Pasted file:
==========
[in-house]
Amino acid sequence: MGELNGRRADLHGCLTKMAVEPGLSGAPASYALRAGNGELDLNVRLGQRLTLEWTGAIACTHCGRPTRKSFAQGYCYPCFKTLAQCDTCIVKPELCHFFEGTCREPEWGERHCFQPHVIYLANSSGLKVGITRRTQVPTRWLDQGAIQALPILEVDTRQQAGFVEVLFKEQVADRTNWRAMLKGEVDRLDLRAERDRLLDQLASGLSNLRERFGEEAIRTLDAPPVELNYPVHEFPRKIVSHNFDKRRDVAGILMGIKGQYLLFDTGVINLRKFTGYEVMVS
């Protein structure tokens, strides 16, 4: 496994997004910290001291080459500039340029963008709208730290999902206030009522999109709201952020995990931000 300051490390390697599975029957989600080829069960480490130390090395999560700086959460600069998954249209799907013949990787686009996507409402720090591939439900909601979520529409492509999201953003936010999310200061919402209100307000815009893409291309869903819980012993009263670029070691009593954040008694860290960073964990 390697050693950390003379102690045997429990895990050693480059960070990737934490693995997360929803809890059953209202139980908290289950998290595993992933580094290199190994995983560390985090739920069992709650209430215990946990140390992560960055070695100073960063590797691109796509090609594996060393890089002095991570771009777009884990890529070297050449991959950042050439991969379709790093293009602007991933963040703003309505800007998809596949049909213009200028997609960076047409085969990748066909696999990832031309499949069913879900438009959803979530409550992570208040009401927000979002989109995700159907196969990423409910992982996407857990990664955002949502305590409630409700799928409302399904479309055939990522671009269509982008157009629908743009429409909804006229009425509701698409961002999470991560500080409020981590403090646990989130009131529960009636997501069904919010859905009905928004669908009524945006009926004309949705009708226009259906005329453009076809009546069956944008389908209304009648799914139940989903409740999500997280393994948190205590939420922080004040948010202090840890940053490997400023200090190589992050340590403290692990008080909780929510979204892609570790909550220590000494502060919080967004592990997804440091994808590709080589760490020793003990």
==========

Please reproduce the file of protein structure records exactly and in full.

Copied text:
[in-house]
Amino acid sequence: MGELNGRRADLHGCLTKMAVEPGLSGAPASYALRAGNGELDLNVRLGQRLTLEWTGAIACTHCGRPTRKSFAQGYCYPCFKTLAQCDTCIVKPELCHFFEGTCREPEWGERHCFQPHVIYLANSSGLKVGITRRTQVPTRWLDQGAIQALPILEVDTRQQAGFVEVLFKEQVADRTNWRAMLKGEVDRLDLRAERDRLLDQLASGLSNLRERFGEEAIRTLDAPPVELNYPVHEFPRKIVSHNFDKRRDVAGILMGIKGQYLLFDTGVINLRKFTGYEVMVS
């Protein structure tokens, strides 16, 4: 496994997004910290001291080459500039340029963008709208730290999902206030009522999109709201952020995990931000 300051490390390697599975029957989600080829069960480490130390090395999560700086959460600069998954249209799907013949990787686009996507409402720090591939439900909601979520529409492509999201953003936010999310200061919402209100307000815009893409291309869903819980012993009263670029070691009593954040008694860290960073964990 390697050693950390003379102690045997429990895990050693480059960070990737934490693995997360929803809890059953209202139980908290289950998290595993992933580094290199190994995983560390985090739920069992709650209430215990946990140390992560960055070695100073960063590797691109796509090609594996060393890089002095991570771009777009884990890529070297050449991959950042050439991969379709790093293009602007991933963040703003309505800007998809596949049909213009200028997609960076047409085969990748066909696999990832031309499949069913879900438009959803979530409550992570208040009401927000979002989109995700159907196969990423409910992982996407857990990664955002949502305590409630409700799928409302399904479309055939990522671009269509982008157009629908743009429409909804006229009425509701698409961002999470991560500080409020981590403090646990989130009131529960009636997501069904919010859905009905928004669908009524945006009926004309949705009708226009259906005329453009076809009546069956944008389908209304009648799914139940989903409740999500997280393994948190205590939420922080004040948010202090840890940053490997400023200090190589992050340590403290692990008080909780929510979204892609570790909550220590000494502060919080967004592990997804440091994808590709080589760490020793003990």